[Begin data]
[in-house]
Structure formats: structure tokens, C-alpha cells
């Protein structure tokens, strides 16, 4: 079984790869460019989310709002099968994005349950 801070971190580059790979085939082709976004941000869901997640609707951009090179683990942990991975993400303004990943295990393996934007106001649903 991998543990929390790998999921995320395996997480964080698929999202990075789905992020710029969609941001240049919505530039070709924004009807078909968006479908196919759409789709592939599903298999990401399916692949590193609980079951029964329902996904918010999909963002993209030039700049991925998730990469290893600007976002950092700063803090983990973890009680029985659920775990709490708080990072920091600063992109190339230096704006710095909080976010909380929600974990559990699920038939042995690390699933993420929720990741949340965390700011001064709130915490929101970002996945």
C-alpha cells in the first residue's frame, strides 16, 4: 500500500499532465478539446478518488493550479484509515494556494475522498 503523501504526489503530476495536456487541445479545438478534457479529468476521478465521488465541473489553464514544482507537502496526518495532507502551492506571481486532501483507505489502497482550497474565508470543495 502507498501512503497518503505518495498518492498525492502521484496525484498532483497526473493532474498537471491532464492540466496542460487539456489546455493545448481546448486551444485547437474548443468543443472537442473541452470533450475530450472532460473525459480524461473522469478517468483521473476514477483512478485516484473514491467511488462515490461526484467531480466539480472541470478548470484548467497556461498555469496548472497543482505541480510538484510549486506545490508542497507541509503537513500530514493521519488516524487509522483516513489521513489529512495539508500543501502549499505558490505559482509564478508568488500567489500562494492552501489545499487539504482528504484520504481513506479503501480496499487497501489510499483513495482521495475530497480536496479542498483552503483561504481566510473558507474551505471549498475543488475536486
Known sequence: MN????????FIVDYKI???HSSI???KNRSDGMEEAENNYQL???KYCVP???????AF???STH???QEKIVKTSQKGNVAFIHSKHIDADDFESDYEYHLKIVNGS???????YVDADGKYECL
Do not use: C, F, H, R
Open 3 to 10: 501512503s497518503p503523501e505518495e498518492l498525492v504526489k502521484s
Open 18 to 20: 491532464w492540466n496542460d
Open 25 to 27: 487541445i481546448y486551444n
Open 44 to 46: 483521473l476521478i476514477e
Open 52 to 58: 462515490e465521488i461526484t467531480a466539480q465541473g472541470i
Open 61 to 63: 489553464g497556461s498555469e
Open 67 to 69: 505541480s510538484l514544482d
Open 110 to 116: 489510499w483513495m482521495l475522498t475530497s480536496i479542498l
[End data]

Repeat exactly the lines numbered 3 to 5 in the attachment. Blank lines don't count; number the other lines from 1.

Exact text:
């Protein structure tokens, strides 16, 4: 079984790869460019989310709002099968994005349950 801070971190580059790979085939082709976004941000869901997640609707951009090179683990942990991975993400303004990943295990393996934007106001649903 991998543990929390790998999921995320395996997480964080698929999202990075789905992020710029969609941001240049919505530039070709924004009807078909968006479908196919759409789709592939599903298999990401399916692949590193609980079951029964329902996904918010999909963002993209030039700049991925998730990469290893600007976002950092700063803090983990973890009680029985659920775990709490708080990072920091600063992109190339230096704006710095909080976010909380929600974990559990699920038939042995690390699933993420929720990741949340965390700011001064709130915490929101970002996945």
C-alpha cells in the first residue's frame, strides 16, 4: 500500500499532465478539446478518488493550479484509515494556494475522498 503523501504526489503530476495536456487541445479545438478534457479529468476521478465521488465541473489553464514544482507537502496526518495532507502551492506571481486532501483507505489502497482550497474565508470543495 502507498501512503497518503505518495498518492498525492502521484496525484498532483497526473493532474498537471491532464492540466496542460487539456489546455493545448481546448486551444485547437474548443468543443472537442473541452470533450475530450472532460473525459480524461473522469478517468483521473476514477483512478485516484473514491467511488462515490461526484467531480466539480472541470478548470484548467497556461498555469496548472497543482505541480510538484510549486506545490508542497507541509503537513500530514493521519488516524487509522483516513489521513489529512495539508500543501502549499505558490505559482509564478508568488500567489500562494492552501489545499487539504482528504484520504481513506479503501480496499487497501489510499483513495482521495475530497480536496479542498483552503483561504481566510473558507474551505471549498475543488475536486
Known sequence: MN????????FIVDYKI???HSSI???KNRSDGMEEAENNYQL???KYCVP???????AF???STH???QEKIVKTSQKGNVAFIHSKHIDADDFESDYEYHLKIVNGS???????YVDADGKYECL